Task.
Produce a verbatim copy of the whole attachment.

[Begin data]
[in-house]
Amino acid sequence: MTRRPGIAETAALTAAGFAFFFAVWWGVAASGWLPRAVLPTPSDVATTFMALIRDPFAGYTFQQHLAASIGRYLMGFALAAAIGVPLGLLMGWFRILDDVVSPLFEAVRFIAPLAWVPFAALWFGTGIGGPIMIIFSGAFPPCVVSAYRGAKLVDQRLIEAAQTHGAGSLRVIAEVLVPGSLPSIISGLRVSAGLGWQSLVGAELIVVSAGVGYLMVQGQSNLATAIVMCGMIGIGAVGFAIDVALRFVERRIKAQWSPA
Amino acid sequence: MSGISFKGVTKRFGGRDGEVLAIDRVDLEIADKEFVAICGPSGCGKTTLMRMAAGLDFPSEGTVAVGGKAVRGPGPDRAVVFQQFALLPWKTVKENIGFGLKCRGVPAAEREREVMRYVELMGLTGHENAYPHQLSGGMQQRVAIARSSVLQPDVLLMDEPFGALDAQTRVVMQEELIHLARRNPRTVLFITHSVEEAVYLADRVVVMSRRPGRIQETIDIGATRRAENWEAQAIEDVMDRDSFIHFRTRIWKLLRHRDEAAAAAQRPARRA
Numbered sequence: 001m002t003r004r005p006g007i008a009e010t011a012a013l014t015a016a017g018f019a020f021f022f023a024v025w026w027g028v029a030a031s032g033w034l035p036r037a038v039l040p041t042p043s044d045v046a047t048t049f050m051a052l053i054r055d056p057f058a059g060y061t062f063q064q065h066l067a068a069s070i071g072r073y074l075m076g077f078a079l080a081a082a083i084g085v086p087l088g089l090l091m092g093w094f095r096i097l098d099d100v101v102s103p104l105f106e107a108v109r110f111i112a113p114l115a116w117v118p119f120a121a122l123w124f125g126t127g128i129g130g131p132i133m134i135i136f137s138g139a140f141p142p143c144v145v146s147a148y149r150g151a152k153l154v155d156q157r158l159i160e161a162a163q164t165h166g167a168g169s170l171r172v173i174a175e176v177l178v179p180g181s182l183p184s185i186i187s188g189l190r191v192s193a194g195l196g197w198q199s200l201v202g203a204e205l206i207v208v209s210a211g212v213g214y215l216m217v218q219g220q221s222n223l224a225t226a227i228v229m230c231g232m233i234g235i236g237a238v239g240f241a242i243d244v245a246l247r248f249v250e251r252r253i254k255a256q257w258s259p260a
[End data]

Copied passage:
[in-house]
Amino acid sequence: MTRRPGIAETAALTAAGFAFFFAVWWGVAASGWLPRAVLPTPSDVATTFMALIRDPFAGYTFQQHLAASIGRYLMGFALAAAIGVPLGLLMGWFRILDDVVSPLFEAVRFIAPLAWVPFAALWFGTGIGGPIMIIFSGAFPPCVVSAYRGAKLVDQRLIEAAQTHGAGSLRVIAEVLVPGSLPSIISGLRVSAGLGWQSLVGAELIVVSAGVGYLMVQGQSNLATAIVMCGMIGIGAVGFAIDVALRFVERRIKAQWSPA
Amino acid sequence: MSGISFKGVTKRFGGRDGEVLAIDRVDLEIADKEFVAICGPSGCGKTTLMRMAAGLDFPSEGTVAVGGKAVRGPGPDRAVVFQQFALLPWKTVKENIGFGLKCRGVPAAEREREVMRYVELMGLTGHENAYPHQLSGGMQQRVAIARSSVLQPDVLLMDEPFGALDAQTRVVMQEELIHLARRNPRTVLFITHSVEEAVYLADRVVVMSRRPGRIQETIDIGATRRAENWEAQAIEDVMDRDSFIHFRTRIWKLLRHRDEAAAAAQRPARRA
Numbered sequence: 001m002t003r004r005p006g007i008a009e010t011a012a013l014t015a016a017g018f019a020f021f022f023a024v025w026w027g028v029a030a031s032g033w034l035p036r037a038v039l040p041t042p043s044d045v046a047t048t049f050m051a052l053i054r055d056p057f058a059g060y061t062f063q064q065h066l067a068a069s070i071g072r073y074l075m076g077f078a079l080a081a082a083i084g085v086p087l088g089l090l091m092g093w094f095r096i097l098d099d100v101v102s103p104l105f106e107a108v109r110f111i112a113p114l115a116w117v118p119f120a121a122l123w124f125g126t127g128i129g130g131p132i133m134i135i136f137s138g139a140f141p142p143c144v145v146s147a148y149r150g151a152k153l154v155d156q157r158l159i160e161a162a163q164t165h166g167a168g169s170l171r172v173i174a175e176v177l178v179p180g181s182l183p184s185i186i187s188g189l190r191v192s193a194g195l196g197w198q199s200l201v202g203a204e205l206i207v208v209s210a211g212v213g214y215l216m217v218q219g220q221s222n223l224a225t226a227i228v229m230c231g232m233i234g235i236g237a238v239g240f241a242i243d244v245a246l247r248f249v250e251r252r253i254k255a256q257w258s259p260a